# Measures of Central Tendency

The term central tendency refers to the "middle" value in a group of data. The "middle" value depends on the measure you choose to use: it is most commonly measured in statistics by using mean, median, and mode. A quick definition for all three with a simple example can be found on the vocabulary page.

## Mean

The mean is the measure of central tendency used most often in statistics. The word "average" usually refers to the mean or arithmetic mean.

The mean is the sum of all the data values divided by the total number of data values. For example:
The mean (average) of 46, 93, and 80 is 73
because 46 + 93 + 80 = 219
and 219 divided by 3 = 73

Practice calculating a simple mean, median, and mode at Dr. Ufigure's Simple Statistics Tutorial.

For a more complete mathematical explanation, including formulas, try the QuickMBA tutorial site.

## Median In common English usage, median means something in the middle, like the grassy strip in the middle of a boulevard or freeway.

Similarly, in statistics the median is the middle value when you sort all your data from lowest to highest (or highest to lowest). For example, to find the median in the set below, we need to do several steps:

Original Data

5, 7, 3, 10, 8

Step 1:

arrange all the data from lowest to highest

Sorted Data

3, 5, 7, 8, 10

Step 2:

count the number of data points in the list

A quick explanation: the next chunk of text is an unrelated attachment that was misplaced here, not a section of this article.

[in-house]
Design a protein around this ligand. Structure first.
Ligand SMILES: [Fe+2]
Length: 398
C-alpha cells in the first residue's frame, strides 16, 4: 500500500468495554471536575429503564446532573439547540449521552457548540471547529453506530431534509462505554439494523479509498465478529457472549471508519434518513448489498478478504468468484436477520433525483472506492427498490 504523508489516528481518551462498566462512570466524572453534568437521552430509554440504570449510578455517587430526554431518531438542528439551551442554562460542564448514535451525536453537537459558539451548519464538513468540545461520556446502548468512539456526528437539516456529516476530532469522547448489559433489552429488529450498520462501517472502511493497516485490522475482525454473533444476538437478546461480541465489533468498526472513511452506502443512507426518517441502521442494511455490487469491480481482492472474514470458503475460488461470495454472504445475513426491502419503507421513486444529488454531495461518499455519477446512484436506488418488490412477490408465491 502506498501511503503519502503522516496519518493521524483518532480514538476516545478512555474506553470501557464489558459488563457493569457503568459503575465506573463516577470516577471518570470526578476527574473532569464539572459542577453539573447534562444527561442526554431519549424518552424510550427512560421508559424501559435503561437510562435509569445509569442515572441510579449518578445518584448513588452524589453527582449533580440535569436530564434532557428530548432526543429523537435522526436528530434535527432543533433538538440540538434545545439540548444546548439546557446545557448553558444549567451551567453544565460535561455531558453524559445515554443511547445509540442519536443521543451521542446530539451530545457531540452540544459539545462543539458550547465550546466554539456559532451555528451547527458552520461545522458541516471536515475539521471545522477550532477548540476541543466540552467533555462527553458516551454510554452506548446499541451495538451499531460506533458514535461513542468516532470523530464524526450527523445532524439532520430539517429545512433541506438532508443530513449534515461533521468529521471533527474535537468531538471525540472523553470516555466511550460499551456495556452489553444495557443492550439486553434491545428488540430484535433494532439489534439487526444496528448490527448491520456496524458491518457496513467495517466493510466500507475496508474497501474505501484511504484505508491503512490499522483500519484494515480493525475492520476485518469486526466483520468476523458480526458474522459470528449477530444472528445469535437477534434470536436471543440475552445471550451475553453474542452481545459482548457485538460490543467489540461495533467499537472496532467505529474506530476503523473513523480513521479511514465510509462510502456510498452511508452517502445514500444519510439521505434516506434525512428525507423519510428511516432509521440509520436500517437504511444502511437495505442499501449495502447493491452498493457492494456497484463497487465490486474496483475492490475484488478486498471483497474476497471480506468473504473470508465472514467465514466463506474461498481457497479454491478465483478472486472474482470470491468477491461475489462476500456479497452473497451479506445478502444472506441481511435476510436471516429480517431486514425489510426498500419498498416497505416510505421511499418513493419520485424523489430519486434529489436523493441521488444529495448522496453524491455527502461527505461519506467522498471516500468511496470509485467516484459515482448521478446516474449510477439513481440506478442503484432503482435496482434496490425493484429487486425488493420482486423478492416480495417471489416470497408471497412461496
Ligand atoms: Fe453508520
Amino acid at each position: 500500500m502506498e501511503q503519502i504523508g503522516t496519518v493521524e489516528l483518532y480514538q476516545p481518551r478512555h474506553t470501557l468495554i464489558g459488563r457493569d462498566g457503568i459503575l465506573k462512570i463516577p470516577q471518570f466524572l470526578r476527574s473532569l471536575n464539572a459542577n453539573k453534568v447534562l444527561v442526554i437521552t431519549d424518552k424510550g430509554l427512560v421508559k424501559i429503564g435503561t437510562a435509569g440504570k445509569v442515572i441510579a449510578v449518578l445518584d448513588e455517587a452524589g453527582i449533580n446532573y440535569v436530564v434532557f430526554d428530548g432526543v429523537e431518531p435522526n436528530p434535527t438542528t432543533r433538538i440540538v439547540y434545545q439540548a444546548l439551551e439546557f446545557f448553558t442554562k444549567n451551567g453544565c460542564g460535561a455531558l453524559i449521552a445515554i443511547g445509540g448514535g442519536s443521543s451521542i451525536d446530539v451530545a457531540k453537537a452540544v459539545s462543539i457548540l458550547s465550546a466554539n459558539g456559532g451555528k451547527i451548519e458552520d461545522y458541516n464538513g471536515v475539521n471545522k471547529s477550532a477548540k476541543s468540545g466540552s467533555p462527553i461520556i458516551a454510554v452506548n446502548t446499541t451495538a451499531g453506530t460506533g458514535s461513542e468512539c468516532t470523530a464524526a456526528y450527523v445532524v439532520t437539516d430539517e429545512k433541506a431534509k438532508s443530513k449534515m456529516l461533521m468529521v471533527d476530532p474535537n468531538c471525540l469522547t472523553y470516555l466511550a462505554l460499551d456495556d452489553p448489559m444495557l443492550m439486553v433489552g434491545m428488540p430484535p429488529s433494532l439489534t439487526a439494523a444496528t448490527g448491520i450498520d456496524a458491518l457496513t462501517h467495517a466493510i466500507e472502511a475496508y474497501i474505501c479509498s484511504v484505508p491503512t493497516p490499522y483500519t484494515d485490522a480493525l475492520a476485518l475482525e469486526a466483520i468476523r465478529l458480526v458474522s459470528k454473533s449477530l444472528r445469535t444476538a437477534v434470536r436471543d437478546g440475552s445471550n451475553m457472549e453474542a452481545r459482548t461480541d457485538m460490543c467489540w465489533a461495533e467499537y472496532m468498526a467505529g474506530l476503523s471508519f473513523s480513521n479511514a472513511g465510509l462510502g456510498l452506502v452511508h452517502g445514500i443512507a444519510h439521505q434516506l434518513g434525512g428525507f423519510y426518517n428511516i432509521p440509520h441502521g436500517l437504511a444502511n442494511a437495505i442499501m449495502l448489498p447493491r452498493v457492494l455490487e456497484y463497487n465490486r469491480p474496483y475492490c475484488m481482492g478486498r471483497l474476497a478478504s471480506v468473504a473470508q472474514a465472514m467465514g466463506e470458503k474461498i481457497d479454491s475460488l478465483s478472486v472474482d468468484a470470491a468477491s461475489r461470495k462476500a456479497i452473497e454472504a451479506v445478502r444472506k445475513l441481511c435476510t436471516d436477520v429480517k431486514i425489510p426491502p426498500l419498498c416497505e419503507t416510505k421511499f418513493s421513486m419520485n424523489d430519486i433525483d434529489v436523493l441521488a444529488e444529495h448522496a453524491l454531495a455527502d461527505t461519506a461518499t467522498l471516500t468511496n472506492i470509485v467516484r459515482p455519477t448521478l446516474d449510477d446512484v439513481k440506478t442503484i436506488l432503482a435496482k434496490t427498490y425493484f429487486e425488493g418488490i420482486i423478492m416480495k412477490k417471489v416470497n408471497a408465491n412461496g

there are five (5) data points
Step 3:

the median is the middle

3, 5, 7, 8, 10

median = 7 If there are an even number of data points, then there is no single data point at the exact middle. In this case, the median is calculated by taking the mean (average) of the two points closest to the middle. For example, if the data is 2, 5, 6, 7 (four data points - an even number) then the numbers closest to the middle are 5 and 6. The median is the average of 5 and 6 = (5 + 6)/2 = 11/2 = 5.5
Notice that when you have an even number of data points, the median is not usually one of the data points.

## Mode

The mode is the most frequently occurring value in the data set. A data set can have more than a single mode - this is called multimodal. To find the mode in a set of data, sort all your data from lowest to highest (or highest to lowest) and look for repeats. The most points are the mode. Here is an example:

 Original Data 4, 9, 6, 3, 5, 4 Step 1: arrange all the data from lowest to highest Sorted Data 3, 4, 4, 5, 6, 9 Step 2: look for repeats 3, 4, 4, 5, 6, 9 Step 3: the mode is the points that occur the most 3, 4, 4, 5, 6, 9 mode = 4

Comments, questions, or you just need some help? Send an e-mail to Mrs. Shearer Last Updated: 7/11/2007